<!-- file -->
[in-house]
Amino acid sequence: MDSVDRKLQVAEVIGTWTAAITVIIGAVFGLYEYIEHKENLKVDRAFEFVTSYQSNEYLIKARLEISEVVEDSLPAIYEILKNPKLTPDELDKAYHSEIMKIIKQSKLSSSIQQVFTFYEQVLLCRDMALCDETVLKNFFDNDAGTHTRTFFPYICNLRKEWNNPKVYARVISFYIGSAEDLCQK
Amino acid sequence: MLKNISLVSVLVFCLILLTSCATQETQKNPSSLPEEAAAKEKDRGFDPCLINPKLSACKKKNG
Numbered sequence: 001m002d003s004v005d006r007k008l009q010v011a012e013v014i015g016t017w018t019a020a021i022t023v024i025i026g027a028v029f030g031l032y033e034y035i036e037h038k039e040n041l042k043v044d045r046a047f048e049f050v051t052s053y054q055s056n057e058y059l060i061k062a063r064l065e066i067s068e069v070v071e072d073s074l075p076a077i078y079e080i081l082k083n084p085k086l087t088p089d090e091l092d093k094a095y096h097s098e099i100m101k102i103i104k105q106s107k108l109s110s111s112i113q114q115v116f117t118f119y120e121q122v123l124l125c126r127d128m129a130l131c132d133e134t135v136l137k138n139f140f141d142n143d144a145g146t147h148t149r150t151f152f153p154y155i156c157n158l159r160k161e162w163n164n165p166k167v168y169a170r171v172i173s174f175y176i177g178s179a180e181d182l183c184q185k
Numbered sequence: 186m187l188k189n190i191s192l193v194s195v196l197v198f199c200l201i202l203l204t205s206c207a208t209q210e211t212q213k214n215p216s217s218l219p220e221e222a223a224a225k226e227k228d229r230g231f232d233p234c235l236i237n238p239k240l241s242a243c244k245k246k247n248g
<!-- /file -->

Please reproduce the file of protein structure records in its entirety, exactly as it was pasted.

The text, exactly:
[in-house]
Amino acid sequence: MDSVDRKLQVAEVIGTWTAAITVIIGAVFGLYEYIEHKENLKVDRAFEFVTSYQSNEYLIKARLEISEVVEDSLPAIYEILKNPKLTPDELDKAYHSEIMKIIKQSKLSSSIQQVFTFYEQVLLCRDMALCDETVLKNFFDNDAGTHTRTFFPYICNLRKEWNNPKVYARVISFYIGSAEDLCQK
Amino acid sequence: MLKNISLVSVLVFCLILLTSCATQETQKNPSSLPEEAAAKEKDRGFDPCLINPKLSACKKKNG
Numbered sequence: 001m002d003s004v005d006r007k008l009q010v011a012e013v014i015g016t017w018t019a020a021i022t023v024i025i026g027a028v029f030g031l032y033e034y035i036e037h038k039e040n041l042k043v044d045r046a047f048e049f050v051t052s053y054q055s056n057e058y059l060i061k062a063r064l065e066i067s068e069v070v071e072d073s074l075p076a077i078y079e080i081l082k083n084p085k086l087t088p089d090e091l092d093k094a095y096h097s098e099i100m101k102i103i104k105q106s107k108l109s110s111s112i113q114q115v116f117t118f119y120e121q122v123l124l125c126r127d128m129a130l131c132d133e134t135v136l137k138n139f140f141d142n143d144a145g146t147h148t149r150t151f152f153p154y155i156c157n158l159r160k161e162w163n164n165p166k167v168y169a170r171v172i173s174f175y176i177g178s179a180e181d182l183c184q185k
Numbered sequence: 186m187l188k189n190i191s192l193v194s195v196l197v198f199c200l201i202l203l204t205s206c207a208t209q210e211t212q213k214n215p216s217s218l219p220e221e222a223a224a225k226e227k228d229r230g231f232d233p234c235l236i237n238p239k240l241s242a243c244k245k246k247n248g